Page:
Once we know who is bringing what, now my challenge is to see if all of it will fit in my three bins. I do allow for one or two Very Large Games (and Descent, World of Warcraft, and War of the Rings fit this bill nicely) as they don't even fit in the bins at all. I do have to close the lids, I'm afraid, it's a rule. I'm pleased to say that most of the time I'm able to get all of the games on my list into the bins, but part of the fun for me is not actually seeing if it will work. It's a lot like when I played in a rock band and trying to see how best to fit the PA gear, keyboards, and other accoutrements into the back of my truck, or helping my sister-in-law move. Sometimes, though, games have to be left out, and I make that call pretty close to the wire. Usually I take out games that I want to play rather than others, so it works out pretty well. Some of the games dangerously close to the block this time out include 1835, Britannia, World of Warcraft, Reef Encounters, Princes of the Renaissance, and Arkham Horror. These are games less likely to see table time, so I don't see the point in hauling them out if they just sit on one of our patented Flat Surfaces.

That may sound like entire game, although I could include whether or not they actually get played, but the final part of the game is, you guessed it, getting them back in the bins to go home. This is actually the saddest part of the entire trip for me, as just a few days ago it seemed like we had entire days to play games and suddenly it's over. Nothing like getting up before 8am, setting up a game, then realizing we need to order pizza for dinner. Very disturbing, and if there were a good drug that could make time go slower for me (except for the downtime part, of course), I'd take it.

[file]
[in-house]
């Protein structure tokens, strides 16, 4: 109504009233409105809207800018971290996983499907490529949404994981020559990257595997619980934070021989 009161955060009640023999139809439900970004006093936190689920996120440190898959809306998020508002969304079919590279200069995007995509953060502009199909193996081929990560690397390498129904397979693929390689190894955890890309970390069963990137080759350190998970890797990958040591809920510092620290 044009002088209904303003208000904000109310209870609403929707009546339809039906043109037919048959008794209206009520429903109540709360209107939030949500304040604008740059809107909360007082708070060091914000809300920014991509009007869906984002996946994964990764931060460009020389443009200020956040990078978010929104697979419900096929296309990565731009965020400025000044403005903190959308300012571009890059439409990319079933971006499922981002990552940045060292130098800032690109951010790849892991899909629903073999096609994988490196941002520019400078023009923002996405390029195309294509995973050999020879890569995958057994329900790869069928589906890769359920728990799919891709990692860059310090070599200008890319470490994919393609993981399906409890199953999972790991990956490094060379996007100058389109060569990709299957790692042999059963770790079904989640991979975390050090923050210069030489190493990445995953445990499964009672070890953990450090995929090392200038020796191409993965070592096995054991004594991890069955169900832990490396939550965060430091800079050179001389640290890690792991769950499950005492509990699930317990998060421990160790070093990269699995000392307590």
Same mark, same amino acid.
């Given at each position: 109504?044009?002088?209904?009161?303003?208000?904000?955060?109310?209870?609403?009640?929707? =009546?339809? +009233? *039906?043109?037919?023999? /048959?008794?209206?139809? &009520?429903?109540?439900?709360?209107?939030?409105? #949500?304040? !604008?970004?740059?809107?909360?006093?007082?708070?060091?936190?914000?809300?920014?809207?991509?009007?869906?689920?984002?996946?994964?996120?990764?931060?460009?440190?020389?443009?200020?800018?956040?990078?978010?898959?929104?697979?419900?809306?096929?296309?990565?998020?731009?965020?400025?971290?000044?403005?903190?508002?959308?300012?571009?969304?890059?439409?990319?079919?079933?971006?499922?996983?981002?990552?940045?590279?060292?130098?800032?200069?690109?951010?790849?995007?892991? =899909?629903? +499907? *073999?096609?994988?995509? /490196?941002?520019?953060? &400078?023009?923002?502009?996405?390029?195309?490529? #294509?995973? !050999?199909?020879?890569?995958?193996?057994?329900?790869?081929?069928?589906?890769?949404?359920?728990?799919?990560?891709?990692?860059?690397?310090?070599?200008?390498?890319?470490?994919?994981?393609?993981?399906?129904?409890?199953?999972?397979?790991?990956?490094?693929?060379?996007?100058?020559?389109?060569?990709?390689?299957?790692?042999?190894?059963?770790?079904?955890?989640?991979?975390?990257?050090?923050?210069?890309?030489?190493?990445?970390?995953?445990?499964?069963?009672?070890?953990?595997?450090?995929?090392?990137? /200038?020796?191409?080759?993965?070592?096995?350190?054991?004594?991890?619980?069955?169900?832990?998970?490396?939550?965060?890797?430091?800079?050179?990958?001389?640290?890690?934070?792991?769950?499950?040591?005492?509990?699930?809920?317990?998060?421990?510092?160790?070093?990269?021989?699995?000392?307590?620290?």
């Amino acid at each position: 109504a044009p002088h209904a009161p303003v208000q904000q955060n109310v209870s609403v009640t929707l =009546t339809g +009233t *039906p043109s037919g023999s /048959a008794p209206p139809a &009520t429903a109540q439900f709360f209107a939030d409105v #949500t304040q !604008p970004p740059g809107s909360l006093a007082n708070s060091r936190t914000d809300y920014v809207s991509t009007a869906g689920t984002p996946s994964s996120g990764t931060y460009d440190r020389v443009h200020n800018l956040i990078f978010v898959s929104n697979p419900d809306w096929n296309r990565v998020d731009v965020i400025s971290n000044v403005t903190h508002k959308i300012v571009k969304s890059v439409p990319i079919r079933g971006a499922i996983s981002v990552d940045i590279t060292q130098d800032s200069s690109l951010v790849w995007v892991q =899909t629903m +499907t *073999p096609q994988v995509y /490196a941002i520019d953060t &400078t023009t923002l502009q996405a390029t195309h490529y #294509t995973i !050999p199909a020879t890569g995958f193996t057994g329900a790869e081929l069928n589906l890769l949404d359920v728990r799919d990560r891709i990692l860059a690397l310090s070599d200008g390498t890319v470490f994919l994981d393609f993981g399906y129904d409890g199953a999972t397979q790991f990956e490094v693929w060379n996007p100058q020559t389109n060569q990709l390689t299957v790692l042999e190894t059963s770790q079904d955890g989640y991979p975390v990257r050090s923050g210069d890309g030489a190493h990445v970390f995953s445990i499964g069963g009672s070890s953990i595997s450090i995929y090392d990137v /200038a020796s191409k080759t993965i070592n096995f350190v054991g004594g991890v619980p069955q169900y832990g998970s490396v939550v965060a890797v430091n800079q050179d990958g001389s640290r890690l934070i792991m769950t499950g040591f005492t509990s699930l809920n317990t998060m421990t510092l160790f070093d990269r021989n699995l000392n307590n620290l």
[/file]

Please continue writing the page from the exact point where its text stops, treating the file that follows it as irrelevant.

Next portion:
One of the nice things about knowing which games you intend to take is that you can bone up on the rules before going. I tried to teach Age of Steam the first time our group played it after a 10 minute read through of the rules the night before (it wasn't my game, but only a few of us seem to be willing/able to teach games, and I include myself only in the former category), and it was a bit of a mess. AoS is a tough game to learn anyway, on a par with 18xx titles, and even tougher to play well the first time as you can get yourself into serious trouble very quickly. So, about this time of year I find myself setting up a different game every day (sometimes a couple a day) and running through the mechanisms to be sure I've got it down. That includes checking for errata or new versions of the rules as well, so it can be a time-intensive activity.